World supply was pushed by manmade fibers but century’s average annual growth rate was missed in the third consecutive year and adverse conditions prevailing make a return to the long-term growth path rather highly disputable.
Global supply rose less than 4% to 127 million tonnes, equal to an average 15 kg per capita consumption. The largest segment with 64% share comprised synthetic fibers with both mainstream types polyester and nylon expanding almost 10% each, polypropylene inching up 1% and acrylic fibers contracting in the tenth consecutive year by 2%. Growth was further visible in small-scale segments such as aramid, carbon and spandex fibers.
The second-largest sector with 24% share included natural fibers with last year’s sharp declines in cotton and flax production due to pandemic-induced inventory accumulation in the year before.
Cellulosic fibers, eldest manmade fiber derived from essentially wood, are in the midst of a multi-
decade growth phase and marked a new all-time high, occupying at present 6% share. They experienced gains across the board and the fastest growing fibers were modal and lyocell at distinct double-digit rates each.
Finally, spunlaid nonwovens declined as expected for the first time in three decades. Outsized hygiene demand in 2020 led to 7% decrease and their ratio in world supply accounted for almost 7%. Most global sources refer to the fiber size only, but a market size of spunlaids at more than 1 kg per capita consumption by now should not be neglected.
Performance in 2021 was mostly characterized by positive growth; it certainly was not a broad-based recovery and a return to the long-term growth path appears ambitious in 2022. Geopolitical instability, adverse economic and logistical conditions prevailing make this target highly unlikely. Century’s average annual growth rate amounted to 3.8% with supply underperforming in the third consecutive year, thus, an accumulated volume of almost eight million tonnes was lost. World business will lose another year of growth as a calculated 7% expansion to go back to the long-term growth rate appears out of reach.
World supply was lifted thanks to 9% expansion of manmade fibers that currently hold an almost 70% share. In regional terms, the top five manmade fiber producing countries with Greater European region including all European states, Turkey and CIS countries amounted to a 90% share.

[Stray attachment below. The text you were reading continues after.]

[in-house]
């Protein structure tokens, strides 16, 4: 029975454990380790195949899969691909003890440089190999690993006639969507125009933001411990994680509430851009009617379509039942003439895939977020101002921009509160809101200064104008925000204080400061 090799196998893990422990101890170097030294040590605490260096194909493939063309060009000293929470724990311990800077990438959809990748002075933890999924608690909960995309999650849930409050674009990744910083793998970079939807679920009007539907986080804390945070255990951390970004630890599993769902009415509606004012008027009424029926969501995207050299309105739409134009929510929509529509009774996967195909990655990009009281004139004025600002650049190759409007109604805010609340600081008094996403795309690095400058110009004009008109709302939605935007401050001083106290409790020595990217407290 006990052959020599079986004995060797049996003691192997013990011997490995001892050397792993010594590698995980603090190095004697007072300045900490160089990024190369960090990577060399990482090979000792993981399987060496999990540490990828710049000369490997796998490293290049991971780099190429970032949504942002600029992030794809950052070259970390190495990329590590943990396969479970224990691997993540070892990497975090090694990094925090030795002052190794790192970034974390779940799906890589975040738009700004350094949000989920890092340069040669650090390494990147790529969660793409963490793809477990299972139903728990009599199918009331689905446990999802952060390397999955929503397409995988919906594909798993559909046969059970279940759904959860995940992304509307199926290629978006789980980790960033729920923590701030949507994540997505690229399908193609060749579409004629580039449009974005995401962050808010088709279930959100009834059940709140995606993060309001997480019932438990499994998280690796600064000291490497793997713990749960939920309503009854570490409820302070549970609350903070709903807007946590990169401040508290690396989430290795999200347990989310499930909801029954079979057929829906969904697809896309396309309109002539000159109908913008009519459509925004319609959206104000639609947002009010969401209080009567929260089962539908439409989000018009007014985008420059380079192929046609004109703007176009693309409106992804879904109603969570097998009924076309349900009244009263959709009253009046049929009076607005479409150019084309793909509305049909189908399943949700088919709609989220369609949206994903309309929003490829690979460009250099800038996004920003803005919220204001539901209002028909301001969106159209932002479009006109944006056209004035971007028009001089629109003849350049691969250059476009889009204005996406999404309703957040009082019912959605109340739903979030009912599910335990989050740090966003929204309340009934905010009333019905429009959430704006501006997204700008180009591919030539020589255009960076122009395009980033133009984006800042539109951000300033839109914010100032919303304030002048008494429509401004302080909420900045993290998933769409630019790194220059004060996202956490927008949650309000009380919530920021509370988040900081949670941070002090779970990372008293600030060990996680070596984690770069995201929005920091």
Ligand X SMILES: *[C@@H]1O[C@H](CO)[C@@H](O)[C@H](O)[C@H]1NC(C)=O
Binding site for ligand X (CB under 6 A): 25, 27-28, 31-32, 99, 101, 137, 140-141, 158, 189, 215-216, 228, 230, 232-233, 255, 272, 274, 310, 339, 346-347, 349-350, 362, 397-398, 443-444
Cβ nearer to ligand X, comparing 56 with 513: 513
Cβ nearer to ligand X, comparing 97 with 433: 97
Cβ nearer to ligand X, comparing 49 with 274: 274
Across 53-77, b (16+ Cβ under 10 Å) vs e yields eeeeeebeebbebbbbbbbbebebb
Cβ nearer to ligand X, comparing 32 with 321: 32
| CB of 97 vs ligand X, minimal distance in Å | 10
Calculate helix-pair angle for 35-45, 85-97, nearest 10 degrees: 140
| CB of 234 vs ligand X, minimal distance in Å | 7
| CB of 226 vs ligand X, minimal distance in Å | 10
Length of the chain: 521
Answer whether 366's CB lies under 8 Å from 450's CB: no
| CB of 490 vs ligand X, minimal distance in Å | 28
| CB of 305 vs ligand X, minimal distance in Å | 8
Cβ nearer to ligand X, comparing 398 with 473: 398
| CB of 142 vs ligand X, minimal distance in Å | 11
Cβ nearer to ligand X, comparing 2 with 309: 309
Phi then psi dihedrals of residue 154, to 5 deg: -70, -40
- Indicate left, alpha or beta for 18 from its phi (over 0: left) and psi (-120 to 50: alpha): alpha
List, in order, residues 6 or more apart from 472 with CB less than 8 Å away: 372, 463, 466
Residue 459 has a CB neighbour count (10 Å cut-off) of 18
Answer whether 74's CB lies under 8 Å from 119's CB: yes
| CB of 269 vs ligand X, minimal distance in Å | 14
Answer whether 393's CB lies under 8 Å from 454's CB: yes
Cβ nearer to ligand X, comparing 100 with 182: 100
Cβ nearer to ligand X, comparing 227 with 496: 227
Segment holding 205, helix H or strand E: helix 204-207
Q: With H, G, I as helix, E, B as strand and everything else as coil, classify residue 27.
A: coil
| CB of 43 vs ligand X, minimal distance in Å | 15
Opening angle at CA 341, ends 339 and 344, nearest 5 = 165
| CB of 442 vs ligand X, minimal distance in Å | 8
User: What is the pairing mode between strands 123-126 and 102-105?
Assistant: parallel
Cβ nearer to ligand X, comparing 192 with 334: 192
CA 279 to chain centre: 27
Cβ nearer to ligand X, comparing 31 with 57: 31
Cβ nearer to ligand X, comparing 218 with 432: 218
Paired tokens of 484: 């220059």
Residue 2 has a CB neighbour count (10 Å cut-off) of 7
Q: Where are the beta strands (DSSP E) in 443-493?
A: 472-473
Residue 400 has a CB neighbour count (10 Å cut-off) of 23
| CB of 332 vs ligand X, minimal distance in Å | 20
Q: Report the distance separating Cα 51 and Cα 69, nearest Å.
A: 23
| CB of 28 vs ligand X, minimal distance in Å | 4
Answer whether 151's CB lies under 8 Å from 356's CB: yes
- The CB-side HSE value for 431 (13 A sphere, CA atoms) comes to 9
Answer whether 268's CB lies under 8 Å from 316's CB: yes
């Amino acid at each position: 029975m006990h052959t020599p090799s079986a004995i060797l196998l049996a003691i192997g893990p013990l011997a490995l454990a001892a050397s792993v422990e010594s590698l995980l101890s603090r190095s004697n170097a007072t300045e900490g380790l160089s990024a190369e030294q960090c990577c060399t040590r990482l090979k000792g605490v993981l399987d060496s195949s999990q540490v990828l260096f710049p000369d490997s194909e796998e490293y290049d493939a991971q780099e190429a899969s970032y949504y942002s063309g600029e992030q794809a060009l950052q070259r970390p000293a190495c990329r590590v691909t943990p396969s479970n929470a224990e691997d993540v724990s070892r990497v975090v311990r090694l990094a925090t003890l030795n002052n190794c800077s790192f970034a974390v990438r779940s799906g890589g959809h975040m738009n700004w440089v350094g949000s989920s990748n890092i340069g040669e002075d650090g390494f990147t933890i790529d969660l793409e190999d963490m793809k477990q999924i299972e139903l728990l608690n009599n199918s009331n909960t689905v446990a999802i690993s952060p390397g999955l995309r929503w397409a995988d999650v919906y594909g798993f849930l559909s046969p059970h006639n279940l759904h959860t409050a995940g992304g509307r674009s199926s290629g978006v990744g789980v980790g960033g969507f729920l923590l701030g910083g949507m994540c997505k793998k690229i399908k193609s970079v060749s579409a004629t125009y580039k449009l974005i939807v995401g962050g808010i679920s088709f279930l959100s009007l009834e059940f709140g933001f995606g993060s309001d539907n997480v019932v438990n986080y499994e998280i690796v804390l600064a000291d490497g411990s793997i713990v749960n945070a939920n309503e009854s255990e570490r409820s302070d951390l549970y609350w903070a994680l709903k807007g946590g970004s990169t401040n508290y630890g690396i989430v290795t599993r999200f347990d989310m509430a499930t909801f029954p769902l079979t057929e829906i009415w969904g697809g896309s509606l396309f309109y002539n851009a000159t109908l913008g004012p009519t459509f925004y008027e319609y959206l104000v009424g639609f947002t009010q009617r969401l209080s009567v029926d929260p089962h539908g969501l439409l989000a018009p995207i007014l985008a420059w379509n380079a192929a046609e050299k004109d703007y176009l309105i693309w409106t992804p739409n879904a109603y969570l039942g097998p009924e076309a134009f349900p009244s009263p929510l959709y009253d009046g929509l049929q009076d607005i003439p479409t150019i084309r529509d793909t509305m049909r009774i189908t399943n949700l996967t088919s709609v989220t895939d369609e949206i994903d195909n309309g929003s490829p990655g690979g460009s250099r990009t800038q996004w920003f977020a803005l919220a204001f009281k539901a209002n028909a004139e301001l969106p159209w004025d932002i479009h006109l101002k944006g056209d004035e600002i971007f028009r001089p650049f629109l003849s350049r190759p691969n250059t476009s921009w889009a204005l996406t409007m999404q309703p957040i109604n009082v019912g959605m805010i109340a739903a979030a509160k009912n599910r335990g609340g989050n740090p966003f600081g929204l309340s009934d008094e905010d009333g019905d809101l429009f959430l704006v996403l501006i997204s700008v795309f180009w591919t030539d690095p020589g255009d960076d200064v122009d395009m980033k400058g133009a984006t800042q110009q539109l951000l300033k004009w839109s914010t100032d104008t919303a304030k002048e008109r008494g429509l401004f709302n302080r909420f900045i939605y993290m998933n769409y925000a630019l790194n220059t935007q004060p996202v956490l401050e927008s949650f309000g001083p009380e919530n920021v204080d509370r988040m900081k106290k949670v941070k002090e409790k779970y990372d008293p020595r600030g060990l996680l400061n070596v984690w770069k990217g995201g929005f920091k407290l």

Chinese industry recorded 8% growth to 64 million tonnes to reach a new all-time high following strong gains in polyester, nylon and spandex while polypropylene modestly rose and acrylic fibers continued their five-year contraction.
A similar growth rate was realized in India to arrive at six million tonnes; still below 2018/19 levels due to the weak polyester business while nylon and wood-based cellulosics hit new peaks each.
Greater Europe experienced 11% rebound to four million tonnes thanks to above-average increases in Turkey while 27-nation EU improved but remained at second-lowest level in the quota-free period.
U.S. industry expanded 8% to three million tonnes even if labor shortage and extended lockdowns in Caribbean region prevented higher operating rates.
Indonesia witnessed 18% boost to two million tonnes, which was rather a technical reaction after a steeper contraction in the year before.
Remaining industries grew by 11% to nine million tonnes. In total, the world beyond China jointly rebounded at faster pace by almost 11% to just return to pre-pandemic level. Improvements, essentially in Europe and U.S., were partly based on high freight costs, port congestions, supply disruptions and not calculable delivery times that hampered production scheduling with sourcing policy in Asia.
For the first time ever, the segment of wood-based cellulosics was subdivided by spinning process in The Fiber Year 2022 report.
Dynamics for essentially wood-based lyocell fibers came to temporary halt in 2020 but bright prospects for future growth quickly returned late 2020 and are projected to remain in place at potentially accelerated pace. This is indicated by global investments, superior fiber properties including biodegradability, growing awareness of plastic waste from oil-based fibers, and of consumers for environmentally-safe clothing, improved security of supply over natural fibers and sheer limitless raw material supply, which became increasingly important given a large number of technical issues and force majeures at synthetic fiber feedstock industries with occasionally tight markets limiting spinning operations.
The entire business saw previous year‘s output recovering 7% to seven million tonnes thanks to manufacturing exceeding pre-pandemic levels in most industries across the globe except for China, Japan and Taiwan. Double-digit growth rates were noticeable for specialty fibers such as lyocell and modal as well as viscose filaments while regular and eco-friendly fibers came close to pre-pandemic level after growing 6% and acetate tow realized growth despite slowing in prime market of cigarette filters but benefiting from expansion in textile end-uses.